Behavioral Health: Addiction Is a Chronic Brain Disease


December 29, 2016   Tom Kimball, Ph. D.

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In a conversation between MAP Clinical Directors Kerby Stewart, M.D., and Tom Kimball, Ph. D., LMFT they discuss how addiction is chronic brain disease and the stigma associated with the disease of addiction.

How is addiction stigma being transformed by reliable and measure outcomes data?

Kerby: Well there’s no doubt that there’s a lot of stigma associated with addiction. And in my experience that stigma is largely grounded in fear and uncertainty about the nature of the disease process -- uncertainty associated with recovery. Recovery is something we can count on, we can measure, we can guide it, we can overcome the stigma by producing great results, measuring those great results, and communicating those great results to our population as a whole.

Why is viewing Addiction as an illness, or disease, a matter of fact and not opinion?

Tom: We can very clearly see the changes in the structure and function of the brain by those who are struggling with addiction and those who are not. And those structure and function changes are responsible for the obsession and compulsion despite tremendous negative consequences. So it’s really not conjecture at all; in fact, it’s a scientific fact that those who suffer from addiction suffer from a brain disease.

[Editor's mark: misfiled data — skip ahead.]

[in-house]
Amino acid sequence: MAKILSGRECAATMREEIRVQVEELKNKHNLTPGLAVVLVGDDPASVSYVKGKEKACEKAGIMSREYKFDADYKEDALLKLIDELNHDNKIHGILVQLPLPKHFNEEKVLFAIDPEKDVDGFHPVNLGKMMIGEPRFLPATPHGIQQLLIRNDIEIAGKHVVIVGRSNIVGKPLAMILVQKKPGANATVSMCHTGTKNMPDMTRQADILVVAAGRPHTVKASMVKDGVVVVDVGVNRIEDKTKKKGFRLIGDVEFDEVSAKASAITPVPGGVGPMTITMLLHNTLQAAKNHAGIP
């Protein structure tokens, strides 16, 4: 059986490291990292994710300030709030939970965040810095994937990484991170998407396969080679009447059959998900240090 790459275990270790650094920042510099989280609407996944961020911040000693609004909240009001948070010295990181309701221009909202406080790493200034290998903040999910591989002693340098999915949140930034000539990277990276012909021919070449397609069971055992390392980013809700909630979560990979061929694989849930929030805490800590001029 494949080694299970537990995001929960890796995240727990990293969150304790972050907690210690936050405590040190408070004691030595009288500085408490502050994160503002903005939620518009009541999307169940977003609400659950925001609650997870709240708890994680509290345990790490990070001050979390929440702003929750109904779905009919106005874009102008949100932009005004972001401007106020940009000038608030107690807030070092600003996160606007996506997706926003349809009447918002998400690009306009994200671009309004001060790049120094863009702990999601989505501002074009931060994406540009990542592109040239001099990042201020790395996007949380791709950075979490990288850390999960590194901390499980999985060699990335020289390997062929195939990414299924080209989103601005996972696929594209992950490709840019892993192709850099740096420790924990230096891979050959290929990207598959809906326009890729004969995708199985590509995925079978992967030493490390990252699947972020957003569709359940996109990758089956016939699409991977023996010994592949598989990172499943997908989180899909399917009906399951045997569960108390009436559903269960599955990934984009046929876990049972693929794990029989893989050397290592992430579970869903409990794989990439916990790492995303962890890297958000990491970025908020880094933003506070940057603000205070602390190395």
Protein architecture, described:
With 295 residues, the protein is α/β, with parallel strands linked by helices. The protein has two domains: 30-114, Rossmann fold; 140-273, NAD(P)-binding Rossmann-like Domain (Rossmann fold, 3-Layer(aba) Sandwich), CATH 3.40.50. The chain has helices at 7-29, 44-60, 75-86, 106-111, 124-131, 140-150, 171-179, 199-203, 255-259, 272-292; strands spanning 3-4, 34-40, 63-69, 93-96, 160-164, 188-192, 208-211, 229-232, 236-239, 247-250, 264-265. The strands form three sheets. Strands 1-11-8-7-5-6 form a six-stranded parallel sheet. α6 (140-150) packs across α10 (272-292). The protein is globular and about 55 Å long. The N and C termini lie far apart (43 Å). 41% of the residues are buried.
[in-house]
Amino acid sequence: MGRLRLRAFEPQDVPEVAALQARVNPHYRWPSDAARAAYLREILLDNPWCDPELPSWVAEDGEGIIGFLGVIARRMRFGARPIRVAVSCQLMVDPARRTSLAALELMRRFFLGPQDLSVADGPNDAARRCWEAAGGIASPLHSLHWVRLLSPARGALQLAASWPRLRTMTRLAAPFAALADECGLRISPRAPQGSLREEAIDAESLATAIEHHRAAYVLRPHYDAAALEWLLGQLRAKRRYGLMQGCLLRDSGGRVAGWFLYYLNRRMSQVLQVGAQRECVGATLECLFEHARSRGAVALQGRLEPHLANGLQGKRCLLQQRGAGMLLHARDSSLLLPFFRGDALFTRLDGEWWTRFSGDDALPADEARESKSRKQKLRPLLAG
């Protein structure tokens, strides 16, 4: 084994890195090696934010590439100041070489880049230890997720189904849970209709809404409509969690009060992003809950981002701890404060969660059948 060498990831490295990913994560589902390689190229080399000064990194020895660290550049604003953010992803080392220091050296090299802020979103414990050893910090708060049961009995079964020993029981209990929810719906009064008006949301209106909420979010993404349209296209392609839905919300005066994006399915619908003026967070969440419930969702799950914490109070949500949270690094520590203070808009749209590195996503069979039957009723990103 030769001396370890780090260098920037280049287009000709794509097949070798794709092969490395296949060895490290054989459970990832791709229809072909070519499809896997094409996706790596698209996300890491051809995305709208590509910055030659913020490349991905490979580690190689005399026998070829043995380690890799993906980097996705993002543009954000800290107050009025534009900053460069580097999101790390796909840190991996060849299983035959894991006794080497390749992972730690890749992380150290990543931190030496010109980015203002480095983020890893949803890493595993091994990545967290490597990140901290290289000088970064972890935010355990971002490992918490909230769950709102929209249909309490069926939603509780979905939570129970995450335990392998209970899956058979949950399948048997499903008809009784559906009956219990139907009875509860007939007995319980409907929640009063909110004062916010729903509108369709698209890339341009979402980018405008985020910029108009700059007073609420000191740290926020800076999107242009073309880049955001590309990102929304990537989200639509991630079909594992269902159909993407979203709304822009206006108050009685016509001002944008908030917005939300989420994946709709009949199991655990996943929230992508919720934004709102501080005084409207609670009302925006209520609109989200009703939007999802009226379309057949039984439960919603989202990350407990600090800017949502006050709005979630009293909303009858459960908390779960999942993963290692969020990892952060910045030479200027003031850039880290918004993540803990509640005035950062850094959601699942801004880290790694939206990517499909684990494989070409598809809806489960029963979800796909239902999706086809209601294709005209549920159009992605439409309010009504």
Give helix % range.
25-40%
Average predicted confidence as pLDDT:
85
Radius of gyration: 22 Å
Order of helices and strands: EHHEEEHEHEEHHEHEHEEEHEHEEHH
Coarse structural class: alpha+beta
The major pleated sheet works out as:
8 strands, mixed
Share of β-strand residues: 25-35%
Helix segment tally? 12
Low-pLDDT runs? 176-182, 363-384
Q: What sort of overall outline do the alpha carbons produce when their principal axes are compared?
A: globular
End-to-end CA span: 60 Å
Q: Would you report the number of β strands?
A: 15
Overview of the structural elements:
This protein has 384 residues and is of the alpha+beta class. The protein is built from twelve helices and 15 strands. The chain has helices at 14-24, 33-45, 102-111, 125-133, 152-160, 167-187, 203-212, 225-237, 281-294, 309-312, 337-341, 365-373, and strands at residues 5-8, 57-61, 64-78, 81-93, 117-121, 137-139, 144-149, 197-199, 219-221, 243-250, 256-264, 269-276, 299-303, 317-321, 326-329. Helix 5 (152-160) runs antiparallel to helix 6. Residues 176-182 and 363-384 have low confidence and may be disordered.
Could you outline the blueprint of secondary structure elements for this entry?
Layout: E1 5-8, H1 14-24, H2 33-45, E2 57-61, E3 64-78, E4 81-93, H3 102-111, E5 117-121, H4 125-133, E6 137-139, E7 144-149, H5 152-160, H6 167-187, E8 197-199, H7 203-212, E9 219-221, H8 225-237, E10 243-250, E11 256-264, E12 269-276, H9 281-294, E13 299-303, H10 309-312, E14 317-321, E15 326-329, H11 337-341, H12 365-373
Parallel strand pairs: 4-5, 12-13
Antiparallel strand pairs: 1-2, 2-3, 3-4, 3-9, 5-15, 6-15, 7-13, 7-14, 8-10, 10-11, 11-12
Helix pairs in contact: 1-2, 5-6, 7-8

In scientific terms, what happens to the addicted brain?

Kerby: The two main ways that our brain has evolved in order to respond to changing circumstances -- primary motivational systems in the brain, if you will -- are those of our stress response which is primarily associated with midbrain function and our reward pathway which unites both the midbrain and the prefrontal cortex. The reward pathway encourages through positive reinforcement behavior that we experience as rewarding, life promoting. Those are the things that give us pleasure or relief if we’re under stress. The stress response, I think we’re all familiar with that, that’s a negative reinforcer. But both of those two things reinforce behavior. Drugs that are abused by people, or misused, are misused because they activate the reward pathway and they promote relief from stress. So the brains of people who suffer from addiction are abnormally constructed around these two major motivational systems.

Tom: It may be that those who suffer from addiction are sensitive to stress from the very beginning -- that they feel under threat all the time. Even before they ever pick up, or use drugs, or use alcohol they feel threat. So once they use alcohol or drugs tremendous relief comes to them and the brain--the midbrain picks up on that and it elevates that in the hierarchy of survival needs.


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